In the early 1940’s a young man named Arden set out from Iowa. While still just a kid, he became a tail gunner for the U.S. Army’s Air Forces in World War II. His plane was gunned down in battle. He was the only man in the plane to survive. When he came home to Iowa, his face was badly burned and scarred. After he recovered, he worked as a janitor. He raised four kids and sent them all to college. He could always be counted on, and he always showed up. His last name was Collison.
Two generations later, his grandson Nick Collison strode through the hallways of the Oklahoma City Veteran’s Hospital, visiting some of Arden’s generation, and those who have served the United States at home and abroad in the 87 years since the second great war came to an end.
On Tuesday, just three days after the United States celebrated Veteran’s Day, Collison spent time with the men and women in Oklahoma City who have served their country. As he met with the vets, Collison was reminded of his father’s father, who fought for freedom and good, and for the world we live in today.
“He was always a hero for us in our family. He was just a guy who showed up all the time,” Collison said. “It’s somebody that we’re very proud of.”
Watch: Collison Makes Special Visit to VA Hospital
It wasn’t just Collison who was reminded of family on Tuesday. As he stopped bedside on three different floors of the hospital, he and the patients chatted in rooms on a couple different floors before he stopped by the community living center. There he met Cindy Franks, a woman who served in the Army and has recently had some health troubles.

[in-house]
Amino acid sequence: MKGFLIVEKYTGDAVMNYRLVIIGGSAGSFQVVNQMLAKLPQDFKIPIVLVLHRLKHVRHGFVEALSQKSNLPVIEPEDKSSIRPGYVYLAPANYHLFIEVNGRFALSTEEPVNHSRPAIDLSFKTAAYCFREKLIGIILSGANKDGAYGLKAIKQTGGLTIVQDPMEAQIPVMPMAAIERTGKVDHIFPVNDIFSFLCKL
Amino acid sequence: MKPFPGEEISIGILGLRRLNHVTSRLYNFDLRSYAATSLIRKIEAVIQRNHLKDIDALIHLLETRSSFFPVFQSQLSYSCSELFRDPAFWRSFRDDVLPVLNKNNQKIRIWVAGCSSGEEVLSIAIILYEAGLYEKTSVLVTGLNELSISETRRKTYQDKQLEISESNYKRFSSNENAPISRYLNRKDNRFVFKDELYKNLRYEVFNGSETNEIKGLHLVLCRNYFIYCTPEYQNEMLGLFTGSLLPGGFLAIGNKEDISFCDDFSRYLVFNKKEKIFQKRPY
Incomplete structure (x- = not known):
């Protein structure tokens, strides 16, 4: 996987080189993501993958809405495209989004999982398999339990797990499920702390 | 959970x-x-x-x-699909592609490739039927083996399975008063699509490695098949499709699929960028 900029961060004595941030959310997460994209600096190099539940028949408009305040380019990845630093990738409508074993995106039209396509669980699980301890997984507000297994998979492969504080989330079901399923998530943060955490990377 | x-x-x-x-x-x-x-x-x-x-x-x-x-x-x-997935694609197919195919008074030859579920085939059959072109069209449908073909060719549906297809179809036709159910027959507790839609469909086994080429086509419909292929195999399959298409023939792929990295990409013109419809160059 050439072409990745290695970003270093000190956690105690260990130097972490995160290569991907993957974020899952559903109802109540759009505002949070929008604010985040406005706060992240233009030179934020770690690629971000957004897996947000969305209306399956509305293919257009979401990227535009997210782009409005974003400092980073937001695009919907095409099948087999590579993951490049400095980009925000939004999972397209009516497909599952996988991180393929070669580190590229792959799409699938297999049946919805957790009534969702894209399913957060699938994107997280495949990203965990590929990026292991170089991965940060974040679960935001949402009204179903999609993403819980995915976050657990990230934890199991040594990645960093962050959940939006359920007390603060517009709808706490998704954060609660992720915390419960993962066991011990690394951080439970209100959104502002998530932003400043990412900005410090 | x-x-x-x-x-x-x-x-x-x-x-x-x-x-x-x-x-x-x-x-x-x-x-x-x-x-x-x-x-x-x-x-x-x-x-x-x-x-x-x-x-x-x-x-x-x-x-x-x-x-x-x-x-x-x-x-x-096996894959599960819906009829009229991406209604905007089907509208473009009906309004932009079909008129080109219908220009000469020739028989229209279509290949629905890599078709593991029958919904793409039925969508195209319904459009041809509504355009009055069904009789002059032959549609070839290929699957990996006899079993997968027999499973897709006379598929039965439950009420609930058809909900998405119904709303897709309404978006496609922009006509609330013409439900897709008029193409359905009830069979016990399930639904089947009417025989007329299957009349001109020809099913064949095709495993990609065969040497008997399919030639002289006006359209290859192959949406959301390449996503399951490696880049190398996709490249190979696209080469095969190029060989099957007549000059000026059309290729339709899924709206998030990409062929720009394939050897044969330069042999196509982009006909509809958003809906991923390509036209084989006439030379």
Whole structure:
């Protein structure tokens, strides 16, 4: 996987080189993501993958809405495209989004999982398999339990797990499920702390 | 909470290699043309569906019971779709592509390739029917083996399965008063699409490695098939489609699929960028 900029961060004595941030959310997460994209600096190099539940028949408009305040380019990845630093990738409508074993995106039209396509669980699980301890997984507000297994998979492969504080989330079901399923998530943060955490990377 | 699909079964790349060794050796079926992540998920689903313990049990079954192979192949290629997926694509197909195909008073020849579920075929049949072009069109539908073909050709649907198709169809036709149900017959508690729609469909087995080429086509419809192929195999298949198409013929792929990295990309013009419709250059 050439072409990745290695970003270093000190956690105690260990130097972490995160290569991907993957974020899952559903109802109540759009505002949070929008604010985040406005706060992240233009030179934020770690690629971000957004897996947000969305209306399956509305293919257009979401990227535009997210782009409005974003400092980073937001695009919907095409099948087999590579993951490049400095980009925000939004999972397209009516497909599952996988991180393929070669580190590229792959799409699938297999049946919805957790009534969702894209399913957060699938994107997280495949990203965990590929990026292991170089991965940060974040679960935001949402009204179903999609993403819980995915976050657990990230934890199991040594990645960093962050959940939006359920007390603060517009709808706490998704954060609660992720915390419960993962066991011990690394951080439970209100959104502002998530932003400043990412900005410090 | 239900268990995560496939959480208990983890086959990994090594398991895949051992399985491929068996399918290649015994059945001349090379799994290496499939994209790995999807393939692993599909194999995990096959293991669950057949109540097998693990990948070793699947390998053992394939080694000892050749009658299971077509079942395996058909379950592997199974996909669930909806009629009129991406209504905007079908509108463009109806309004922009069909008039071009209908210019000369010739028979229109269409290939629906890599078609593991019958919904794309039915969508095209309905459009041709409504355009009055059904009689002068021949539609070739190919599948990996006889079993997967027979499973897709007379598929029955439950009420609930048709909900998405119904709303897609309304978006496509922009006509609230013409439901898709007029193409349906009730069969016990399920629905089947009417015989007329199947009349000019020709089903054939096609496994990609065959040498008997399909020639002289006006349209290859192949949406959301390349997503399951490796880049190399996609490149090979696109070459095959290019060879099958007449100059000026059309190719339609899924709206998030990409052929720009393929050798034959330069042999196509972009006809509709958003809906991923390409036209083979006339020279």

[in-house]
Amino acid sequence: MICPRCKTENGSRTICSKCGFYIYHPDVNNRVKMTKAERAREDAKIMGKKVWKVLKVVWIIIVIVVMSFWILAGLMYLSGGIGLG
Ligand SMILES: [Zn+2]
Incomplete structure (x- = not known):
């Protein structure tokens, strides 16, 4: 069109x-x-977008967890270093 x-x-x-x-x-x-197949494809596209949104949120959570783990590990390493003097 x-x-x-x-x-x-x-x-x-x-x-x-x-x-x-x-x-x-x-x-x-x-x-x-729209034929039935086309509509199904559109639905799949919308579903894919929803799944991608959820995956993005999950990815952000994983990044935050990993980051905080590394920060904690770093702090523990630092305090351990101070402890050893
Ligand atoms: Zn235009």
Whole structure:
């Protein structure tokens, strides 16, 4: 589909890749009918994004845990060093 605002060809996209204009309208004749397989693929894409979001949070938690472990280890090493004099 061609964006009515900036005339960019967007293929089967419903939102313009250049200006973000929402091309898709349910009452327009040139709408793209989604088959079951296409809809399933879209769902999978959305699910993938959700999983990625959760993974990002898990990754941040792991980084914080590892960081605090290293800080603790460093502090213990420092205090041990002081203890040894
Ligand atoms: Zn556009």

When Franks saw Collison, her first thought flashed to her own mother, who passed away just four years ago. Prior to that, Franks, her mother and two more generations would sit around the living room watching Thunder games, “talking them over and working out plays”. Collison was their favorite player, and as Franks put it, she was “tickled to death” to have the Thunder forward pay her a visit.
“It brought back so many happy memories to see Nick because he is the foundation, one of the pillars of the Thunder,” Franks said. “He stayed here in the state of Oklahoma helping these young men do their best every day. You can just watch them bloom and grow and become the Oklahomans that we all wished they would become.”
Franks is one of a group of veterans who will hopefully get to leave the hospital soon, and Collison’s visit may have provided the spring in the steps of many patients who needed a boost on Monday. While the connection to his grandfather’s service was on his mind, he recognized that those at the Veteran’s Hospital are some of the Thunder’s greatest supporters, and that their service for the United States should not go forgotten.
“I’m just here to help do my part and say thank you for all these people and their service, to try to do whatever it is that I can do. It’s the least I can do,” Collison explained. “We feel that way about our local community. We feel very lucky to play here. We get support from everywhere.”
“There are so many men and women that served,” Collison continued. “A lot of times they come home and they’re dealing with a lot of stuff. If there’s anything we can do, we’re happy to do it for sure.”
The Thunder makes sure to remember and honor servicemen and women from Oklahoma and around the globe at each game and through other off-court endeavors. That support, along with the services provided at the VA Hospital are what keeps many veterans going through difficult struggles. A nice visit from a good man with a personal connection to service may even get them feeling better on the double.
“It means a lot because as you get older, you ask yourself, “Why did I do that?” Franks recalled. “We have staff that try to make our days worth being around no matter what we face every day. Between their support and watching the Thunder, it’s made one happy woman out of me.”